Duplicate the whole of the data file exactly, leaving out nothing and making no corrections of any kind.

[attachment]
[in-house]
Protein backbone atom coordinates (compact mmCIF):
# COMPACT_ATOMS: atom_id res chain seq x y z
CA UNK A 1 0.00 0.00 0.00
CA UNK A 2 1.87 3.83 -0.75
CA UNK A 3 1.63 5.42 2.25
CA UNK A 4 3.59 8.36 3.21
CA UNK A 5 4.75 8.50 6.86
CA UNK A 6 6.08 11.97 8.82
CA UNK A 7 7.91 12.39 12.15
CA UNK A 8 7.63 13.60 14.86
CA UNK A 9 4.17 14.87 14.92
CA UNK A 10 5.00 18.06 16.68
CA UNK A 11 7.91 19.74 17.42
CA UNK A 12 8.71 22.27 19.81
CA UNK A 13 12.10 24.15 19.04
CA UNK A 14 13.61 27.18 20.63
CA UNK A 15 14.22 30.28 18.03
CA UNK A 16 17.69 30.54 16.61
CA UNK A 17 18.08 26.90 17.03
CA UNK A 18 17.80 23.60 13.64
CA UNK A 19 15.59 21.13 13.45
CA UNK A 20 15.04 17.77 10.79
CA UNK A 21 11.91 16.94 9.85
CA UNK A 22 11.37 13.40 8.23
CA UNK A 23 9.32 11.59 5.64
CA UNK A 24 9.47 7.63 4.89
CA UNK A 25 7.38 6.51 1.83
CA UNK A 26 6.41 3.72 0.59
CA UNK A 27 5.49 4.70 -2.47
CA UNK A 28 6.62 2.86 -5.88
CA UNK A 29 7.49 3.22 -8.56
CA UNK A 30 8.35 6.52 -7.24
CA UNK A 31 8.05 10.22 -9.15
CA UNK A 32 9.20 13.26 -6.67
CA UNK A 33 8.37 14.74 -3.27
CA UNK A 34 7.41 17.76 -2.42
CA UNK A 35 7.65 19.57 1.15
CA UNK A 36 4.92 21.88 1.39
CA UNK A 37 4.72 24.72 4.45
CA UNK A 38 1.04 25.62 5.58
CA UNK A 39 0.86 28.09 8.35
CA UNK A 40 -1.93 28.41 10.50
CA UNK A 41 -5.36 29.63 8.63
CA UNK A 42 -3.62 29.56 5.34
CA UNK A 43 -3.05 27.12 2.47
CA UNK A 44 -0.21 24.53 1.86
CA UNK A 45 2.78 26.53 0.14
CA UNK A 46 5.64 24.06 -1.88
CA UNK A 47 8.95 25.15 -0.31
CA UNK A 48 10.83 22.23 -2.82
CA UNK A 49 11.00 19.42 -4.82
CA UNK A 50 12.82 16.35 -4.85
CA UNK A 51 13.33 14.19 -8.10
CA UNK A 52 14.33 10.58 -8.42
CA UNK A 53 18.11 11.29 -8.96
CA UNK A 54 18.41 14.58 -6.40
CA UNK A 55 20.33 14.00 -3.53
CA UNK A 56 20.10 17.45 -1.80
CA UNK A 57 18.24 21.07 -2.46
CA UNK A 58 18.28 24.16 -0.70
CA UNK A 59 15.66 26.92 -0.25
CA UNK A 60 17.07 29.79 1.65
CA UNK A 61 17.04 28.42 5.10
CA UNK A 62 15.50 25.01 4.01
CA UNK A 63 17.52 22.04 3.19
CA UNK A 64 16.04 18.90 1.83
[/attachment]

[in-house]
Protein backbone atom coordinates (compact mmCIF):
# COMPACT_ATOMS: atom_id res chain seq x y z
CA UNK A 1 0.00 0.00 0.00
CA UNK A 2 1.87 3.83 -0.75
CA UNK A 3 1.63 5.42 2.25
CA UNK A 4 3.59 8.36 3.21
CA UNK A 5 4.75 8.50 6.86
CA UNK A 6 6.08 11.97 8.82
CA UNK A 7 7.91 12.39 12.15
CA UNK A 8 7.63 13.60 14.86
CA UNK A 9 4.17 14.87 14.92
CA UNK A 10 5.00 18.06 16.68
CA UNK A 11 7.91 19.74 17.42
CA UNK A 12 8.71 22.27 19.81
CA UNK A 13 12.10 24.15 19.04
CA UNK A 14 13.61 27.18 20.63
CA UNK A 15 14.22 30.28 18.03
CA UNK A 16 17.69 30.54 16.61
CA UNK A 17 18.08 26.90 17.03
CA UNK A 18 17.80 23.60 13.64
CA UNK A 19 15.59 21.13 13.45
CA UNK A 20 15.04 17.77 10.79
CA UNK A 21 11.91 16.94 9.85
CA UNK A 22 11.37 13.40 8.23
CA UNK A 23 9.32 11.59 5.64
CA UNK A 24 9.47 7.63 4.89
CA UNK A 25 7.38 6.51 1.83
CA UNK A 26 6.41 3.72 0.59
CA UNK A 27 5.49 4.70 -2.47
CA UNK A 28 6.62 2.86 -5.88
CA UNK A 29 7.49 3.22 -8.56
CA UNK A 30 8.35 6.52 -7.24
CA UNK A 31 8.05 10.22 -9.15
CA UNK A 32 9.20 13.26 -6.67
CA UNK A 33 8.37 14.74 -3.27
CA UNK A 34 7.41 17.76 -2.42
CA UNK A 35 7.65 19.57 1.15
CA UNK A 36 4.92 21.88 1.39
CA UNK A 37 4.72 24.72 4.45
CA UNK A 38 1.04 25.62 5.58
CA UNK A 39 0.86 28.09 8.35
CA UNK A 40 -1.93 28.41 10.50
CA UNK A 41 -5.36 29.63 8.63
CA UNK A 42 -3.62 29.56 5.34
CA UNK A 43 -3.05 27.12 2.47
CA UNK A 44 -0.21 24.53 1.86
CA UNK A 45 2.78 26.53 0.14
CA UNK A 46 5.64 24.06 -1.88
CA UNK A 47 8.95 25.15 -0.31
CA UNK A 48 10.83 22.23 -2.82
CA UNK A 49 11.00 19.42 -4.82
CA UNK A 50 12.82 16.35 -4.85
CA UNK A 51 13.33 14.19 -8.10
CA UNK A 52 14.33 10.58 -8.42
CA UNK A 53 18.11 11.29 -8.96
CA UNK A 54 18.41 14.58 -6.40
CA UNK A 55 20.33 14.00 -3.53
CA UNK A 56 20.10 17.45 -1.80
CA UNK A 57 18.24 21.07 -2.46
CA UNK A 58 18.28 24.16 -0.70
CA UNK A 59 15.66 26.92 -0.25
CA UNK A 60 17.07 29.79 1.65
CA UNK A 61 17.04 28.42 5.10
CA UNK A 62 15.50 25.01 4.01
CA UNK A 63 17.52 22.04 3.19
CA UNK A 64 16.04 18.90 1.83